OLIVIA RICHMAN — General Assignment Reporter
An evil coach who told his players to eat salt cubes instead of drink water, a stray dog that likes to hump anything that moves, getting dressed up for prom and even Hell. These are all topics that poet William Trowbridge touched upon in his readings from his new book of poetry, “Ship of Fool.”
Trowbridge and Sarah Borden, author of “Games to Play After Dark,” came to Southern Connecticut State University for the English Department’s Fiction and Poetry Reading on Oct. 19. Both are Southern alumni and read for a packed room in the English department in Engleman Hall.
One of the audience members was Nicole Pieper, an English major “for now,” who said she was very inspired by Trowbridge’s poetry.
“I haven’t heard poetry like this,” she said. “I enjoyed it—most poetry is very wordy but his poetry was light like dialogue. It was a different style but it was effective, funny and enjoyable. I am going to try to include humor in my poetry in the future.”
Trowbridge’s poetry had the audience laughing nonstop.
He read from three different sections of his new book of poetry. One section was all about a character called simply the fool, who he said could be in anybody, which fascinates him. Another section was about foolish things, such as a stray dog following him home, getting dressed up for prom or a coach who reinforces the “no drinking water” policy during a football game.
“I write about all kinds of things,” Trowbridge said. “I’ve had a couple of books, one about Fool. Another poem book, ‘The Complete Book of Kong,” which has poems from the eyes of King Kong. I write personal, historical, social, biological and I use humor when I can with serious undertones.”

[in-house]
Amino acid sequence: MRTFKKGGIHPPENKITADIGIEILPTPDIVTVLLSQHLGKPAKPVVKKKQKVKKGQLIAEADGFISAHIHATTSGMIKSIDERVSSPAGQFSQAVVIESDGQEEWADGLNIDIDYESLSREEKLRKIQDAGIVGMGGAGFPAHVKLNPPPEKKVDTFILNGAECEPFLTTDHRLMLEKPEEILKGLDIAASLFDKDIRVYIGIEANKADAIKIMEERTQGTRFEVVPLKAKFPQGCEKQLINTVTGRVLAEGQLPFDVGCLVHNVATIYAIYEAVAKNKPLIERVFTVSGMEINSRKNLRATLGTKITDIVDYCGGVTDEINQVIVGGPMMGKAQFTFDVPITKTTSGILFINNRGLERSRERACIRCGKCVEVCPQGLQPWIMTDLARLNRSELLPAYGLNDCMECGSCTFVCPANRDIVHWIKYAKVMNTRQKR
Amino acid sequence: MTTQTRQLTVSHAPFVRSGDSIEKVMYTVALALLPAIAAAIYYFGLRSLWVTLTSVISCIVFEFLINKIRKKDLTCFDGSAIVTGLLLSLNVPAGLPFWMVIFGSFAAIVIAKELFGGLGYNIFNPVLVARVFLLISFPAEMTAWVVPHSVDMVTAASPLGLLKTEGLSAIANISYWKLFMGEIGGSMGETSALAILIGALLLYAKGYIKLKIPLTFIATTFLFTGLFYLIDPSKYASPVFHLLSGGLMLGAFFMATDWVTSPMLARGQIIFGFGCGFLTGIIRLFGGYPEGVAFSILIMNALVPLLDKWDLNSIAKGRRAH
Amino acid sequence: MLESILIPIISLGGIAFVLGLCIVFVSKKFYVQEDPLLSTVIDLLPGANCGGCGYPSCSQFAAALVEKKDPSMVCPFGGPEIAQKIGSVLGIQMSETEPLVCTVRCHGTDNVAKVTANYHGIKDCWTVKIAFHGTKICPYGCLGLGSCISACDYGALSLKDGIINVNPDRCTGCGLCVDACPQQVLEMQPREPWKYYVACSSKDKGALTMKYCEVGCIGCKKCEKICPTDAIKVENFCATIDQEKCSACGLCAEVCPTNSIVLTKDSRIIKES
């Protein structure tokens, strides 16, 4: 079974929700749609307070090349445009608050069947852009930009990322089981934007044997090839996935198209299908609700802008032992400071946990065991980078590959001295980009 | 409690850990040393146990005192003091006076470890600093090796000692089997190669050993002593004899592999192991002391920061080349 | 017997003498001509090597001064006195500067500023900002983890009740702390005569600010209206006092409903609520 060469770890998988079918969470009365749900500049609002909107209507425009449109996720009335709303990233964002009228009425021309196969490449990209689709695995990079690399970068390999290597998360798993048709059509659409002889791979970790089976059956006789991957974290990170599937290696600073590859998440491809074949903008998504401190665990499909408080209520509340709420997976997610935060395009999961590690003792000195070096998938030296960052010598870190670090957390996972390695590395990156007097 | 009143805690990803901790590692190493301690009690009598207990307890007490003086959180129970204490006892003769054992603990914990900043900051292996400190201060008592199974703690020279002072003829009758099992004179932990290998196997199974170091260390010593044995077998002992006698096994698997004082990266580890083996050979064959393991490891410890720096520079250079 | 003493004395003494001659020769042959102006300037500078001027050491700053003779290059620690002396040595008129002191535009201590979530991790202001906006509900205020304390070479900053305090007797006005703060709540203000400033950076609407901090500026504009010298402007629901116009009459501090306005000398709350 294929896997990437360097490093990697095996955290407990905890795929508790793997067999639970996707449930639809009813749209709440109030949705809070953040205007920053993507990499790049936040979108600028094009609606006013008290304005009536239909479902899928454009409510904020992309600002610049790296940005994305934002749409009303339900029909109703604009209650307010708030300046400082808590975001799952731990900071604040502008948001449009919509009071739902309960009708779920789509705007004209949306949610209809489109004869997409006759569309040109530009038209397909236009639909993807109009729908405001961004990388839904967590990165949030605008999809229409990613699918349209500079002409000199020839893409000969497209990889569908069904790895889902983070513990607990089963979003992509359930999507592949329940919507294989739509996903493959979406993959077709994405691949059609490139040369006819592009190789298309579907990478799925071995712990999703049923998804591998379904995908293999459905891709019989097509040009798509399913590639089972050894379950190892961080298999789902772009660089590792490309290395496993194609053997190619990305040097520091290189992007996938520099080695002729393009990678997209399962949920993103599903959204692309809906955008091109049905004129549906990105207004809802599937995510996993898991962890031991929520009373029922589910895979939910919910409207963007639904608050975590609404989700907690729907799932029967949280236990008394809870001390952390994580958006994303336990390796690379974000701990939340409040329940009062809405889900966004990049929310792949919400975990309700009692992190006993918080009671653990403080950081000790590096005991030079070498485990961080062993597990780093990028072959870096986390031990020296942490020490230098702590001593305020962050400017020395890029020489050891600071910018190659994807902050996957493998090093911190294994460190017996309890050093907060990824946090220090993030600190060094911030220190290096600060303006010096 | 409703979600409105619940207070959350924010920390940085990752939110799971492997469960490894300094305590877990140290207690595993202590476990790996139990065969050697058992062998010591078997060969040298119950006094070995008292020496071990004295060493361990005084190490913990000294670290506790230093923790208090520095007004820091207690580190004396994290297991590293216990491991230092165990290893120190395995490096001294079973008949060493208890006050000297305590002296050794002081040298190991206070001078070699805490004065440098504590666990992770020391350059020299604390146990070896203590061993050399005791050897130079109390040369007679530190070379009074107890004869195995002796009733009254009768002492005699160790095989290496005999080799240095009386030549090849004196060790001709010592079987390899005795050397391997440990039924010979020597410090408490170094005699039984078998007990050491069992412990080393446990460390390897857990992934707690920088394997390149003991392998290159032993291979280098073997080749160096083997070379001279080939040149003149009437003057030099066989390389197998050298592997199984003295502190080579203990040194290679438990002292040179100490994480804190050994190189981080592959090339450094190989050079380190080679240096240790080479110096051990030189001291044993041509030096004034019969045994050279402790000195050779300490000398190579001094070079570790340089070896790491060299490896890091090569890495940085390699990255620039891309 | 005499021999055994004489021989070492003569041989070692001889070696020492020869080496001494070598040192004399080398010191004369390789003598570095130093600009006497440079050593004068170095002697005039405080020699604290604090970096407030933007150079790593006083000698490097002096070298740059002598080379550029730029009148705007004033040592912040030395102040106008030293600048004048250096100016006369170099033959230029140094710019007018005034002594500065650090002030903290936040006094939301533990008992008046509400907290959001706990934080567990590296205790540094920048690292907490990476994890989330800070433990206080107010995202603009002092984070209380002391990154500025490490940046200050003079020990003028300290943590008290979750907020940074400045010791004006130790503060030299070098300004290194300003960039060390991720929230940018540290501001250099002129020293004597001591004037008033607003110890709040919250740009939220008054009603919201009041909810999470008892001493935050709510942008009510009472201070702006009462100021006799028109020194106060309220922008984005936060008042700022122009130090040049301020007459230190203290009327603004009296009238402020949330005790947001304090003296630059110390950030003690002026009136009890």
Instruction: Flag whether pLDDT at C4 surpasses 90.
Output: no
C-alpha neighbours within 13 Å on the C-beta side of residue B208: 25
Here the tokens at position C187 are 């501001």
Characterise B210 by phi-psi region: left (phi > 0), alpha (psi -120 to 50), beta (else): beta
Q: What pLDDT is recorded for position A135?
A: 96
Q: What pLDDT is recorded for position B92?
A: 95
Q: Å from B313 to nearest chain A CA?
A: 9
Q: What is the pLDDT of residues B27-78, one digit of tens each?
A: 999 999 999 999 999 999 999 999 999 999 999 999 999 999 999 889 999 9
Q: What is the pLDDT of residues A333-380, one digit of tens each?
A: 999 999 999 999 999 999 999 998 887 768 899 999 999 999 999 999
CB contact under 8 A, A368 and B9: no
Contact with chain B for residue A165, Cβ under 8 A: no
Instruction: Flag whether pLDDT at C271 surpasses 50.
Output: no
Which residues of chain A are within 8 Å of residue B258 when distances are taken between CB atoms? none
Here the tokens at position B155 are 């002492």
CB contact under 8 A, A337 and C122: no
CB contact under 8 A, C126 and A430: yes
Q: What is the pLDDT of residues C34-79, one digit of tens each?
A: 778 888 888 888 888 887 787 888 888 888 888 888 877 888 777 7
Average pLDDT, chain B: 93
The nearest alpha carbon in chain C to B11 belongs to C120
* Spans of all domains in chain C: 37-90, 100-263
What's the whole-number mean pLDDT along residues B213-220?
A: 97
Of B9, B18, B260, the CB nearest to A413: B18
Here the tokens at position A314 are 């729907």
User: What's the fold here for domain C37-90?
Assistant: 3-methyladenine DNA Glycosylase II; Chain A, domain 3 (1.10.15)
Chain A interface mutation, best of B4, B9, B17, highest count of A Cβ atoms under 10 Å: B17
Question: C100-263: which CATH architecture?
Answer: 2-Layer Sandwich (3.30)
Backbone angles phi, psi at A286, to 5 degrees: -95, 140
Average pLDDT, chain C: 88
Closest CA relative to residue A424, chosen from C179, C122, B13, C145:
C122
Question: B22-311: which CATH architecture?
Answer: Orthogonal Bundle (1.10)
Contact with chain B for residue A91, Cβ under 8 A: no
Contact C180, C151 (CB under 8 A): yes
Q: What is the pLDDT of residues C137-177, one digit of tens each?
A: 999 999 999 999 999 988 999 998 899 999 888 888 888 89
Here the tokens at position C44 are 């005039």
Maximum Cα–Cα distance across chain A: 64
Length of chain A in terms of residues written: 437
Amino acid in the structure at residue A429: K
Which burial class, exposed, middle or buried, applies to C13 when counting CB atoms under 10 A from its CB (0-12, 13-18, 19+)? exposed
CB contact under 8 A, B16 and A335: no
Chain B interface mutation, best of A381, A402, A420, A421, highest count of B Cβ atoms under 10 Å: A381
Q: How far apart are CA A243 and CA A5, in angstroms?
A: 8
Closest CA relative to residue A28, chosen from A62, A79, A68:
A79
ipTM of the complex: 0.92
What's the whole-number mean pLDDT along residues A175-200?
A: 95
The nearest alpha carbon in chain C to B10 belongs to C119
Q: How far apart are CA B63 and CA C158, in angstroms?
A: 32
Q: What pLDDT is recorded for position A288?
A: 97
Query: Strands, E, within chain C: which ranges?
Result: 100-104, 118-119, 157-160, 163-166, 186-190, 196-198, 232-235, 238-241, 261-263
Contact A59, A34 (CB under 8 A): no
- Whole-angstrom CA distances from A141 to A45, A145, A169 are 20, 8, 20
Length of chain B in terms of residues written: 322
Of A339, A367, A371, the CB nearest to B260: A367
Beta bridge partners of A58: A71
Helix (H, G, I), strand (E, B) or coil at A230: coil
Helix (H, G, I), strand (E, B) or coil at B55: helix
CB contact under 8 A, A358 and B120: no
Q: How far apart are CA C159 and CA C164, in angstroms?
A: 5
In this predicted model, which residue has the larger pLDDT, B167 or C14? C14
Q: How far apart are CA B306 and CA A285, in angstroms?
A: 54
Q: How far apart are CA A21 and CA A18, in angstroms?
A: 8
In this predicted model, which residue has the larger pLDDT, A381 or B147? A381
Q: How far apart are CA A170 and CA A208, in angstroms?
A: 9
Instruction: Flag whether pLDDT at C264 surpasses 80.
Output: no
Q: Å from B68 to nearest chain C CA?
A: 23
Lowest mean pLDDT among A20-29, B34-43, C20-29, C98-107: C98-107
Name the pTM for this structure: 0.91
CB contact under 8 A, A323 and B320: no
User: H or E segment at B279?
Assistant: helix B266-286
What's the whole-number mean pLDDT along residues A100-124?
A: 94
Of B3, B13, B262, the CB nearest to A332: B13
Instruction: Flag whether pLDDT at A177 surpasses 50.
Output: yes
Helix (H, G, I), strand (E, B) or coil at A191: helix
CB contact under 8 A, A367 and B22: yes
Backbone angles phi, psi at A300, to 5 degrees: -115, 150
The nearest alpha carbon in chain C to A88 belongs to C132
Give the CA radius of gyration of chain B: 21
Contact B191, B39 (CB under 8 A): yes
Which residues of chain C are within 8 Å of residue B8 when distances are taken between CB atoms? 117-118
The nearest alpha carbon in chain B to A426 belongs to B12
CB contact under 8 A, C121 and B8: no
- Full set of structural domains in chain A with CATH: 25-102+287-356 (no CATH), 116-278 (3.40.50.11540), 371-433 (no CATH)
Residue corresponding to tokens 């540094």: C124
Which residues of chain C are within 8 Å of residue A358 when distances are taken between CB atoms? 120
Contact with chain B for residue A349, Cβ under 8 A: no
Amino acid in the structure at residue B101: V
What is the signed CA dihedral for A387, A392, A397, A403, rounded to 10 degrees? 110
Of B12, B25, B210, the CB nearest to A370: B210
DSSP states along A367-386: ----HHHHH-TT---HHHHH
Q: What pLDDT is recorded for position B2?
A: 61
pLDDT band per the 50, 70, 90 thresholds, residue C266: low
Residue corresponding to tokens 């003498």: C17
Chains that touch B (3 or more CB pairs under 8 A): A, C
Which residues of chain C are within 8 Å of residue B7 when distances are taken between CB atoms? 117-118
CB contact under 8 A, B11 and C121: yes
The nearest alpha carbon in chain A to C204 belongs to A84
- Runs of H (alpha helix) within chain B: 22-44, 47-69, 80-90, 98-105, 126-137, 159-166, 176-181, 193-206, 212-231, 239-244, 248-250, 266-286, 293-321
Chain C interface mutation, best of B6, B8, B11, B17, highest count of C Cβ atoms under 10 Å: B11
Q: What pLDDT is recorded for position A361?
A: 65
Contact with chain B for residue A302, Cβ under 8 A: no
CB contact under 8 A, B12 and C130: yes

Trowbridge said he started writing poetry in graduate school. He was on his way to be an educated scholar but when he finished up he changed himself into a poet, he said.
“The poets I read, such as Howard Memroe, inspired me to start writing poetry. I was taken with his poetry so I started to write my own. I wound up teaching myself,” he said.
Now, Trowbridge has five full poetry collections published, along with three “chap” books, which are pamphlet-sized books.
“It’s hard to get published,” he said. “It’s hard to keep at it, work at it. Not many people have the stubbornness. And the financial rewards are minimal. A lot of big publishers won’t consider poetry because it doesn’t have a wide market right now. They may even lose money on them. Big publishers stay away from poetry. Right now university presses and small presses work with poets.”
Borden said she began writing before college, but thought getting her MFA at SCSU was very helpful.
“Having someone read your stuff,” she said, “having an audience, is important.”
Borden’s book, “Games to Play After Dark,” focuses on the hardships of marriage and child-rearing and takes place in Connecticut.
“I grew up in Manhattan,” she said. “Connecticut is very different. It’s interesting to me. The landscape, oil tanks, drives along I-95.”
Pieper said she loved Borden’s excerpt from her book.
“It inspired me to have more natural, realistic characters in my own books,” said Pieper.